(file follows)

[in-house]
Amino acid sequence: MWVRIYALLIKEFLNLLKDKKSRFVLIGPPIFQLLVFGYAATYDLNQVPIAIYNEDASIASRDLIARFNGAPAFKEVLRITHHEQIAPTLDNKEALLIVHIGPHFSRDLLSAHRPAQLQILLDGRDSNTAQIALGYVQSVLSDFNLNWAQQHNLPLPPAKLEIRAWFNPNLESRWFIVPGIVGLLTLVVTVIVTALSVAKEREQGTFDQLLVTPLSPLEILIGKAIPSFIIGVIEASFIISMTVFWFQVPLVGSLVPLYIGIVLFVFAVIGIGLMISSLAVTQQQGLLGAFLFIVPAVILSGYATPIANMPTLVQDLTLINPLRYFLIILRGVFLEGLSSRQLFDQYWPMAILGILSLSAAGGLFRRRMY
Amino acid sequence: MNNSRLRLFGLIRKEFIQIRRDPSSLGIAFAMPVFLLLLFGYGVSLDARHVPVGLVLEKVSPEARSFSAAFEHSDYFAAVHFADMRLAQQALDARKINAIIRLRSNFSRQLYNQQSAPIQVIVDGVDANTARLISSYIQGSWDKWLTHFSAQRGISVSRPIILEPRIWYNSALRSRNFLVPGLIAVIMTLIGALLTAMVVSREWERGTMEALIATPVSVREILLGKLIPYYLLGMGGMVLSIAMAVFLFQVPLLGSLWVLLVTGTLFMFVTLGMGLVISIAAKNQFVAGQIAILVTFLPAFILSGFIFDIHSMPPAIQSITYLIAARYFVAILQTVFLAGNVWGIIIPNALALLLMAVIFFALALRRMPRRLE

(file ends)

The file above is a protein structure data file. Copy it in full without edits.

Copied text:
[in-house]
Amino acid sequence: MWVRIYALLIKEFLNLLKDKKSRFVLIGPPIFQLLVFGYAATYDLNQVPIAIYNEDASIASRDLIARFNGAPAFKEVLRITHHEQIAPTLDNKEALLIVHIGPHFSRDLLSAHRPAQLQILLDGRDSNTAQIALGYVQSVLSDFNLNWAQQHNLPLPPAKLEIRAWFNPNLESRWFIVPGIVGLLTLVVTVIVTALSVAKEREQGTFDQLLVTPLSPLEILIGKAIPSFIIGVIEASFIISMTVFWFQVPLVGSLVPLYIGIVLFVFAVIGIGLMISSLAVTQQQGLLGAFLFIVPAVILSGYATPIANMPTLVQDLTLINPLRYFLIILRGVFLEGLSSRQLFDQYWPMAILGILSLSAAGGLFRRRMY
Amino acid sequence: MNNSRLRLFGLIRKEFIQIRRDPSSLGIAFAMPVFLLLLFGYGVSLDARHVPVGLVLEKVSPEARSFSAAFEHSDYFAAVHFADMRLAQQALDARKINAIIRLRSNFSRQLYNQQSAPIQVIVDGVDANTARLISSYIQGSWDKWLTHFSAQRGISVSRPIILEPRIWYNSALRSRNFLVPGLIAVIMTLIGALLTAMVVSREWERGTMEALIATPVSVREILLGKLIPYYLLGMGGMVLSIAMAVFLFQVPLLGSLWVLLVTGTLFMFVTLGMGLVISIAAKNQFVAGQIAILVTFLPAFILSGFIFDIHSMPPAIQSITYLIAARYFVAILQTVFLAGNVWGIIIPNALALLLMAVIFFALALRRMPRRLE